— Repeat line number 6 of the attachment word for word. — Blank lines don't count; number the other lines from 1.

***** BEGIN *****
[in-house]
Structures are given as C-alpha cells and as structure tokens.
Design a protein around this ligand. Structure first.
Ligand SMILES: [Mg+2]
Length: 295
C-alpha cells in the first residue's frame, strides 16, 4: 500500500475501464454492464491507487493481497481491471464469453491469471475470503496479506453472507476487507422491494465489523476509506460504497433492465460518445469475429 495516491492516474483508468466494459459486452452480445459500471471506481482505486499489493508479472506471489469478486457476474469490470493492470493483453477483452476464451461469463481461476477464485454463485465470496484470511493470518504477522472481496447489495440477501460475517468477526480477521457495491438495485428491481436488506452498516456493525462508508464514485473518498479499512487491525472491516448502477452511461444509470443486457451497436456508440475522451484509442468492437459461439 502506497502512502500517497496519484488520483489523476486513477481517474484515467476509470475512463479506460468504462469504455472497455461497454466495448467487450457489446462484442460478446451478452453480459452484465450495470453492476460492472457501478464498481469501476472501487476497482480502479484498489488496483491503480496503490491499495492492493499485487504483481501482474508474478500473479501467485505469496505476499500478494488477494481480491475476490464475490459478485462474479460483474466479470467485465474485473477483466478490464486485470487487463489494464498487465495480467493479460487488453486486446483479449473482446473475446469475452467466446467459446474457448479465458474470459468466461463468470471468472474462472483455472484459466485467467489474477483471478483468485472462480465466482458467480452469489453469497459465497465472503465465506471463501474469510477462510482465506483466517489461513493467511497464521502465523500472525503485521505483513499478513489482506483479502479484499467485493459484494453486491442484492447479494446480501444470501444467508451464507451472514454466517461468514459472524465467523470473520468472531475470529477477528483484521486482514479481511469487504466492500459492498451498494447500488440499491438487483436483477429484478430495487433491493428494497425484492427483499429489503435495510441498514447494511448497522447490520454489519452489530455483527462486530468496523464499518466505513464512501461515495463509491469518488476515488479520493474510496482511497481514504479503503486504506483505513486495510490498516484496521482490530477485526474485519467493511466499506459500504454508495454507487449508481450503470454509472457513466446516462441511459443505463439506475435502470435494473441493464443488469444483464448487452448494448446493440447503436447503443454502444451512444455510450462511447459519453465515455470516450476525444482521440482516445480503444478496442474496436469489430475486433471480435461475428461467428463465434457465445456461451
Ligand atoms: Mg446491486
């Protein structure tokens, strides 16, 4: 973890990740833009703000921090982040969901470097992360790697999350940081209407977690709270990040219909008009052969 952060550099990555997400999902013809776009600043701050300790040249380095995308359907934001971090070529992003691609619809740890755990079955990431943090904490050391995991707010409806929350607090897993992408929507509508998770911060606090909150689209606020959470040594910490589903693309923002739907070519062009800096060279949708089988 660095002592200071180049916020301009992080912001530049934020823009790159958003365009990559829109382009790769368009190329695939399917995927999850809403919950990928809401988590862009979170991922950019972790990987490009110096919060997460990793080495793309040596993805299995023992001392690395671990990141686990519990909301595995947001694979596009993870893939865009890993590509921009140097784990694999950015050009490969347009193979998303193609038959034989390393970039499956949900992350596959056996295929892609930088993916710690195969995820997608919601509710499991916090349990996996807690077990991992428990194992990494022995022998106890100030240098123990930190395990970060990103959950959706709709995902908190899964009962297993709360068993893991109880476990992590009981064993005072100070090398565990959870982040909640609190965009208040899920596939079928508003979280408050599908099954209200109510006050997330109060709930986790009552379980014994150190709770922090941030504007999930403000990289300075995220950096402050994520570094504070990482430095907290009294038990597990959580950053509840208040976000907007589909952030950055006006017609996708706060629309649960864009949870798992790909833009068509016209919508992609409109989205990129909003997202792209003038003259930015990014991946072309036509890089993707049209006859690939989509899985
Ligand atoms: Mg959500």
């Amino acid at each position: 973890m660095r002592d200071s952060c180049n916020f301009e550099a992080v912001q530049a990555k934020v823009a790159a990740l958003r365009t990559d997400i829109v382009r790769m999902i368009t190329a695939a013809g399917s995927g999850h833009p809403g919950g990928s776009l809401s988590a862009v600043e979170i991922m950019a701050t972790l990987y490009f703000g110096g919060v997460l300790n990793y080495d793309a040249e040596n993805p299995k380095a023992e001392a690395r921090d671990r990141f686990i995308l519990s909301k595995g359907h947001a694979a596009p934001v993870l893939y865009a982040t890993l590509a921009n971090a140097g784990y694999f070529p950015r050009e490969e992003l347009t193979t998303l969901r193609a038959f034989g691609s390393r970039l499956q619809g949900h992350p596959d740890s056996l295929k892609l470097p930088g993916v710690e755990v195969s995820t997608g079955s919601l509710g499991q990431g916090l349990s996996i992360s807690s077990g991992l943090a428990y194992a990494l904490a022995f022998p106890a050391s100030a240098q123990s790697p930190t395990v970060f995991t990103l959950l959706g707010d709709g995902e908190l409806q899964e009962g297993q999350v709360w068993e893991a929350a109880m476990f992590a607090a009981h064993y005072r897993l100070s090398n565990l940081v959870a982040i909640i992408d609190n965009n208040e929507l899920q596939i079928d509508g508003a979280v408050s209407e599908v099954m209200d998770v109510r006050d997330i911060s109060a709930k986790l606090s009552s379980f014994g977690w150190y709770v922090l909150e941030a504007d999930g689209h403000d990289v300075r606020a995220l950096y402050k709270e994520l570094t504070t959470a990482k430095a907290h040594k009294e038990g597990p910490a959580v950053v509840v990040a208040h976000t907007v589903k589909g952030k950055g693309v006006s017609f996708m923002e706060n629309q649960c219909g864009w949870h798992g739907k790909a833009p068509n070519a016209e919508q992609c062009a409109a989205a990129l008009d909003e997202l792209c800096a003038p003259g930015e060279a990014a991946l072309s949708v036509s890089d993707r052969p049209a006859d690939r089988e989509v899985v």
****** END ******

C-alpha cells in the first residue's frame, strides 16, 4: 500500500475501464454492464491507487493481497481491471464469453491469471475470503496479506453472507476487507422491494465489523476509506460504497433492465460518445469475429 495516491492516474483508468466494459459486452452480445459500471471506481482505486499489493508479472506471489469478486457476474469490470493492470493483453477483452476464451461469463481461476477464485454463485465470496484470511493470518504477522472481496447489495440477501460475517468477526480477521457495491438495485428491481436488506452498516456493525462508508464514485473518498479499512487491525472491516448502477452511461444509470443486457451497436456508440475522451484509442468492437459461439 502506497502512502500517497496519484488520483489523476486513477481517474484515467476509470475512463479506460468504462469504455472497455461497454466495448467487450457489446462484442460478446451478452453480459452484465450495470453492476460492472457501478464498481469501476472501487476497482480502479484498489488496483491503480496503490491499495492492493499485487504483481501482474508474478500473479501467485505469496505476499500478494488477494481480491475476490464475490459478485462474479460483474466479470467485465474485473477483466478490464486485470487487463489494464498487465495480467493479460487488453486486446483479449473482446473475446469475452467466446467459446474457448479465458474470459468466461463468470471468472474462472483455472484459466485467467489474477483471478483468485472462480465466482458467480452469489453469497459465497465472503465465506471463501474469510477462510482465506483466517489461513493467511497464521502465523500472525503485521505483513499478513489482506483479502479484499467485493459484494453486491442484492447479494446480501444470501444467508451464507451472514454466517461468514459472524465467523470473520468472531475470529477477528483484521486482514479481511469487504466492500459492498451498494447500488440499491438487483436483477429484478430495487433491493428494497425484492427483499429489503435495510441498514447494511448497522447490520454489519452489530455483527462486530468496523464499518466505513464512501461515495463509491469518488476515488479520493474510496482511497481514504479503503486504506483505513486495510490498516484496521482490530477485526474485519467493511466499506459500504454508495454507487449508481450503470454509472457513466446516462441511459443505463439506475435502470435494473441493464443488469444483464448487452448494448446493440447503436447503443454502444451512444455510450462511447459519453465515455470516450476525444482521440482516445480503444478496442474496436469489430475486433471480435461475428461467428463465434457465445456461451